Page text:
Alabama SD Reduces School Bus Idle Times with New Software
- By Yvonne Marquez
- September 25th, 2019
Montgomery Public Schools (MPS) in Alabama recently installed Verizon Connect, a GPS fleet tracking software, that has significantly reduced school bus idling times by almost 80 percent. The new software has also helped the school district track driving behavior and maximize routes.
MPS first installed Verizon Connect on 80 of its white fleet maintenance and security vehicles earlier this year. At the start of the school year, the district installed it on 220 school buses and now all the district’s vehicles are equipped with the software.
“With the software, our idle time has probably gone down 70 to 80 percent from when we started. We’re probably saving anywhere between 1,500 to 2,000 miles a week in travel,” Chad Anderson, executive director of operations at MPS, told School Transportation News. “The technology helped us pinpoint the gut feelings we had and put data behind it.”
Verizon Connect gathers data and gives insight into fleets so that way customers better understand productivity, efficiency and safety. First, hardware is installed on a school bus that will communicate with the software’s application. Once logged into the software, the user can see a live map of all the school buses in their fleet in almost real-time. The software tracks the speed of a school bus, where they are headed, what route they’re on and whether the buses are idling or moving.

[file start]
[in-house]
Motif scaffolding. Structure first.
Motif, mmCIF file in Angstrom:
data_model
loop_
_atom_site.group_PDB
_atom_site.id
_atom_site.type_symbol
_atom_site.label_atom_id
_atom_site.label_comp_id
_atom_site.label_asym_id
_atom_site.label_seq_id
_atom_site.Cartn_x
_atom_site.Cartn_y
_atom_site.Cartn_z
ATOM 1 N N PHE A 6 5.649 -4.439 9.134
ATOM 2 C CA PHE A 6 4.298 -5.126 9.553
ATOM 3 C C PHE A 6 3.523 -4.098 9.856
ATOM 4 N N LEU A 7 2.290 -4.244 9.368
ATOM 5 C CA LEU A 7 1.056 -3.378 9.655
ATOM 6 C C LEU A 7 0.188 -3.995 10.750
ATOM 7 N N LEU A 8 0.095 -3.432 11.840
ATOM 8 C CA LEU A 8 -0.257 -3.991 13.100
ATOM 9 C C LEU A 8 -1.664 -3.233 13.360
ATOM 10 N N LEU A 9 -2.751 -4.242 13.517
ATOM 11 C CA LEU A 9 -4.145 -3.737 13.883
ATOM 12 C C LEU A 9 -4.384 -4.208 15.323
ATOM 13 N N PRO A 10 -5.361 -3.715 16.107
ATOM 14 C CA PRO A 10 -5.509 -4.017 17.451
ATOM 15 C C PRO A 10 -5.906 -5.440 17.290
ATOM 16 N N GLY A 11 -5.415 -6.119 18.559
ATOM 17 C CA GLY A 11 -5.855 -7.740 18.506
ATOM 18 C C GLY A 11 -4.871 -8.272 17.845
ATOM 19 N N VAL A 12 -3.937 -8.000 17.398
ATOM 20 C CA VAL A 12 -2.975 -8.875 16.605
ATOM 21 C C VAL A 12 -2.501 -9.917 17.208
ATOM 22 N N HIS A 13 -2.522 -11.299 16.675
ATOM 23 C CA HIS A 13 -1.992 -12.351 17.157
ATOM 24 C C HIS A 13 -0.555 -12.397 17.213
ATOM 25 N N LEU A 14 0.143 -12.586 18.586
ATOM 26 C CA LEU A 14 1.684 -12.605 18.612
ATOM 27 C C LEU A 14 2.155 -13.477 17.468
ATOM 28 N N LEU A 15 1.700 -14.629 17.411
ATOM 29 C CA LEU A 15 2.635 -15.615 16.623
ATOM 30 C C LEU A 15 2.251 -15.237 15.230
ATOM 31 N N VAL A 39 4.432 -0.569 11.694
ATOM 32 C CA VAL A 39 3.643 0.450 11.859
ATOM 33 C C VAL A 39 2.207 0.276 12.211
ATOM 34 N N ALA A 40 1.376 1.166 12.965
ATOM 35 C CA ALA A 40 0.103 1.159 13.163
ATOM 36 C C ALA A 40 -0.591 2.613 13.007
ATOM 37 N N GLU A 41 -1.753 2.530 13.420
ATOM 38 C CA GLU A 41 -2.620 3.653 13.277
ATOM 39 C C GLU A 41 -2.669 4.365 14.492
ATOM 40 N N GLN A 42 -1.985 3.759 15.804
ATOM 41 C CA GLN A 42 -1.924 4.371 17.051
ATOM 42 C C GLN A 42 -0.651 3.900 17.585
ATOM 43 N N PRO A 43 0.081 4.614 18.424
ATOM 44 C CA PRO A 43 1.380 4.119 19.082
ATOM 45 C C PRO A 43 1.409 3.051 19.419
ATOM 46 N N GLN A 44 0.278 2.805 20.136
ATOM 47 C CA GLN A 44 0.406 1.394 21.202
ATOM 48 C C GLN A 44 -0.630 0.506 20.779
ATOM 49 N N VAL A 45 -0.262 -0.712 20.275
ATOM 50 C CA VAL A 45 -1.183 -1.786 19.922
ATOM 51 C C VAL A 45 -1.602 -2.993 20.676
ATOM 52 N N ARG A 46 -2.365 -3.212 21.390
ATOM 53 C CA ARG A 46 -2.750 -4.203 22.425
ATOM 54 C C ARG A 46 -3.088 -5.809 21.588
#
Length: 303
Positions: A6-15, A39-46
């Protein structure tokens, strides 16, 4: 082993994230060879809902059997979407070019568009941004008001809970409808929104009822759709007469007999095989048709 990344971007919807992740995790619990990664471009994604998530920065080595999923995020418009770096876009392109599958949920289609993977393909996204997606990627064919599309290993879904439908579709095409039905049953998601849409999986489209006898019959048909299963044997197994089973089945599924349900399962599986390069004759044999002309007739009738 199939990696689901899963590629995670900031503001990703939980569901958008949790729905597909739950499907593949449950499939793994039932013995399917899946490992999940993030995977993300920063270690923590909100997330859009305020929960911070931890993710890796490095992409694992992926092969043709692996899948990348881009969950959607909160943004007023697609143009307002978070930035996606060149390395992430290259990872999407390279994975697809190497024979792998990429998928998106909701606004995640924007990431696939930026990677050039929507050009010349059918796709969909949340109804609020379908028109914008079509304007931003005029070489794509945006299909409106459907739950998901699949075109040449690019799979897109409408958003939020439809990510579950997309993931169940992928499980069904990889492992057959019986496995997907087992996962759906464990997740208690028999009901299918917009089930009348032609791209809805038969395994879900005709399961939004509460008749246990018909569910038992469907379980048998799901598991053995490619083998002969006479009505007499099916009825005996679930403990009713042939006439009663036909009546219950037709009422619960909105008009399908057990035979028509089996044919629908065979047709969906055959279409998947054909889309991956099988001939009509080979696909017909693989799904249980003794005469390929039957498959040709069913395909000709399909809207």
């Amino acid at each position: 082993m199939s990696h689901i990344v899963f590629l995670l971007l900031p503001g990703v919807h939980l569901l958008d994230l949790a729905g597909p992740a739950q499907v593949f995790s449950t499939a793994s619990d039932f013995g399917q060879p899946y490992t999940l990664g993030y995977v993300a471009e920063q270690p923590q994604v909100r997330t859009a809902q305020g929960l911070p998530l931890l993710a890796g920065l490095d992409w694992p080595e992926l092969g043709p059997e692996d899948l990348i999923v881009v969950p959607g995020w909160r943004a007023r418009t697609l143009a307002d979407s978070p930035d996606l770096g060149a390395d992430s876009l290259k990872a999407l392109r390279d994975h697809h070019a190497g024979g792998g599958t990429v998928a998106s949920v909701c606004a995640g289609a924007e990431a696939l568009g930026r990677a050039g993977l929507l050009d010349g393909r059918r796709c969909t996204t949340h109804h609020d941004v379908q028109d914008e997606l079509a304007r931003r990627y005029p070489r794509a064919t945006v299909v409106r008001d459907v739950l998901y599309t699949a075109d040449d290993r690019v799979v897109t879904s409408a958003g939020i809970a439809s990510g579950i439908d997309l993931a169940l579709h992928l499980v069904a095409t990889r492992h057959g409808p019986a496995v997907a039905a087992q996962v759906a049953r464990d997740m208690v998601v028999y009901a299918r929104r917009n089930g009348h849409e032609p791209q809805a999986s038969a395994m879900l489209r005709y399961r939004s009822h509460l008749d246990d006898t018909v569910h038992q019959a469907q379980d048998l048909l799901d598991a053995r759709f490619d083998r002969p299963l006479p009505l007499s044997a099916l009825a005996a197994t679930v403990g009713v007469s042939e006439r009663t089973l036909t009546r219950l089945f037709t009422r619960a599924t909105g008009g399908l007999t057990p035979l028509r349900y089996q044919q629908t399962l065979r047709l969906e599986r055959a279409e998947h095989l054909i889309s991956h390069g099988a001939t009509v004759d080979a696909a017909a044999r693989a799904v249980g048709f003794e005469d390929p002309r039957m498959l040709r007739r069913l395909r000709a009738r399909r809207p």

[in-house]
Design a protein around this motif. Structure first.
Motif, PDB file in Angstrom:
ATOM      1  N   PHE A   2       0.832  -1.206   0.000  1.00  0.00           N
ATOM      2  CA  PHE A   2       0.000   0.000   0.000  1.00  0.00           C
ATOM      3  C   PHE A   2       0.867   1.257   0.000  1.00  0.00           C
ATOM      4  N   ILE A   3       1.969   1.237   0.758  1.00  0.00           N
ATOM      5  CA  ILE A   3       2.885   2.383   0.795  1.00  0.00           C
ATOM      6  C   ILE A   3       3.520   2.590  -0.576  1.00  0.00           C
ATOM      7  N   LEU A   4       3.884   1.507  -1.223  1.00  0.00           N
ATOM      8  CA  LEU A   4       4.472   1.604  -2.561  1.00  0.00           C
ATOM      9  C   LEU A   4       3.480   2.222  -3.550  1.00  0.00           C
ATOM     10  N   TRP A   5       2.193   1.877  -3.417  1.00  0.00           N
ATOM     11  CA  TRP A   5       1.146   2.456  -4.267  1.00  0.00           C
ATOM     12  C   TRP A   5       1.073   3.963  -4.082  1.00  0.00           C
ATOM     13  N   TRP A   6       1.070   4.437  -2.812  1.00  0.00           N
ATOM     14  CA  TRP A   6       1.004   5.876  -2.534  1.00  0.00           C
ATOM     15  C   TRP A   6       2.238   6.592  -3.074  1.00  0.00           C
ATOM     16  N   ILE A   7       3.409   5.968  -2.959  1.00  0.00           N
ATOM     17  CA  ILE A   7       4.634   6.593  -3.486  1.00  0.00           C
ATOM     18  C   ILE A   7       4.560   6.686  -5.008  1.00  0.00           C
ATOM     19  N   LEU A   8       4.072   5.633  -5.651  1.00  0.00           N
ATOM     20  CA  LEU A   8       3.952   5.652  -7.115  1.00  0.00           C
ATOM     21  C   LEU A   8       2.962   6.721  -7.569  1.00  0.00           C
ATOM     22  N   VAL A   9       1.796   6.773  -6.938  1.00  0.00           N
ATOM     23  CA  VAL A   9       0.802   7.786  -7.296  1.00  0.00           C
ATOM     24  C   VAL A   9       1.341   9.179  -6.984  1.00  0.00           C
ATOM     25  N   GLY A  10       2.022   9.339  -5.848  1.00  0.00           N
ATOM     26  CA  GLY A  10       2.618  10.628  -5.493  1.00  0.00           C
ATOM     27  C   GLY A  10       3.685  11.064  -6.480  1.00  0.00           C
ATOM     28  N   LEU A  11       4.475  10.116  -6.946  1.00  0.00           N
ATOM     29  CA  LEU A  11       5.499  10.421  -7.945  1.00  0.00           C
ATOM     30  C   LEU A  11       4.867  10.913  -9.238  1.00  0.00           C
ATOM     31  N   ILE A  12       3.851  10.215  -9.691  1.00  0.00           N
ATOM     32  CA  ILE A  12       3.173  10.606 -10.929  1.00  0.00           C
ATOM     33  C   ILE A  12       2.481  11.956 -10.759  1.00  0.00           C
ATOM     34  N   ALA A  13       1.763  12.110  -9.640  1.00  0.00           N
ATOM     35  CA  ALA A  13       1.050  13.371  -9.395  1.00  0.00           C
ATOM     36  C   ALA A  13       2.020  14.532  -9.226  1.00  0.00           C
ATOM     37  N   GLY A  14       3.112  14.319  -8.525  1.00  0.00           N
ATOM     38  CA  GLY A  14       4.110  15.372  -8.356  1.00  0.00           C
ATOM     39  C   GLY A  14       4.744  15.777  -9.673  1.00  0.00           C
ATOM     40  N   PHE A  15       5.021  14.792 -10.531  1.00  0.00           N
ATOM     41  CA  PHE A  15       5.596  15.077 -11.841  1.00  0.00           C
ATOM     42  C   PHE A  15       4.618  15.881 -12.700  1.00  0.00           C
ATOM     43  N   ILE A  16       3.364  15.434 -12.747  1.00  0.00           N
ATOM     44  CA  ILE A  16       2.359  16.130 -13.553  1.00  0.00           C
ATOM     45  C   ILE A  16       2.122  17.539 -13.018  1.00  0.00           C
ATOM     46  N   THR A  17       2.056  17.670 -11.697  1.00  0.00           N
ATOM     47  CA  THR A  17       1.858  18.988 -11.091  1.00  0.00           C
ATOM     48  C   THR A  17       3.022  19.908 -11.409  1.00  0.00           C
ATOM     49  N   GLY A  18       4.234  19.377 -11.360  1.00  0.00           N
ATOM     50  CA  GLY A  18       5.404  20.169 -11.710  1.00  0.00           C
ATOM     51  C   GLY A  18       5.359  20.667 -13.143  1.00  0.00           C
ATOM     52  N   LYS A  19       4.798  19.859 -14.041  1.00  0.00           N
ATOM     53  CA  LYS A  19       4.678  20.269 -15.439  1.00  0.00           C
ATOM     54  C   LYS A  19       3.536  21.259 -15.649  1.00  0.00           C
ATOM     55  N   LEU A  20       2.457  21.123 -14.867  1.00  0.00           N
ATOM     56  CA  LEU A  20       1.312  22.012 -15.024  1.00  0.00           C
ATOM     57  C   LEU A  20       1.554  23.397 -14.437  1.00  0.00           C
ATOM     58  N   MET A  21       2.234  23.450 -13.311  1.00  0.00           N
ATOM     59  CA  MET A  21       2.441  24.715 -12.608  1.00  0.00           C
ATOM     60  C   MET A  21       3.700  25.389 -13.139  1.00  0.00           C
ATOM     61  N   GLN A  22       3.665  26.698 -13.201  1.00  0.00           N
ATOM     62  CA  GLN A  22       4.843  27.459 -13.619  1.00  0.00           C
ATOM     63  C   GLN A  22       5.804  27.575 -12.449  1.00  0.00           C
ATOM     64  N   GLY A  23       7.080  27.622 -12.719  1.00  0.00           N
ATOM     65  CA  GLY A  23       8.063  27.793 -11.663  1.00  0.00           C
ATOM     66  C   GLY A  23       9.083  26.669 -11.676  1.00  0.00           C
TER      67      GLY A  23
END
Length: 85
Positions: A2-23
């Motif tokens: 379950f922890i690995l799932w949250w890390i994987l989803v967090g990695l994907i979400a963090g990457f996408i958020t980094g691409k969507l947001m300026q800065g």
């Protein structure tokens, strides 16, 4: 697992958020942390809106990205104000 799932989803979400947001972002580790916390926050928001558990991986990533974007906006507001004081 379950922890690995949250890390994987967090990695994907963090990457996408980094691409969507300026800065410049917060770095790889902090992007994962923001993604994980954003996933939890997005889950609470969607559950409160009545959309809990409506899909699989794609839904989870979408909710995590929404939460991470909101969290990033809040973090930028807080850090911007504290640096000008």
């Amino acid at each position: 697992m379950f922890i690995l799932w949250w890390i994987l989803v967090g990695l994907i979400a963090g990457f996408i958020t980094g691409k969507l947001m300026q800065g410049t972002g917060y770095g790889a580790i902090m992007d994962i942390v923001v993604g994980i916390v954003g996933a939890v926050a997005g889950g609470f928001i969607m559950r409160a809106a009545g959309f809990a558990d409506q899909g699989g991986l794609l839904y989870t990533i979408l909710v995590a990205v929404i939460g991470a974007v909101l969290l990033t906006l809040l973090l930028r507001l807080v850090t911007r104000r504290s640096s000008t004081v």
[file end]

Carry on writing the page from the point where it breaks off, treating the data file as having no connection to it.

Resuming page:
The software can also be integrated with another application that can provide location data to parents who want to track their children.
Anderson said the software has helped MPS ensure driver accountability, look at fuel efficiency, and ultimately save money.
“The more efficient school buses are being used, the less wear and tear on the vehicle,” Anderson said to School Transportation News. “The harsher the school buses are being used, or the more frequent use, the more likely they are going to need any sort of repair or maintenance associated with it, again, that’s another cost to the school district.”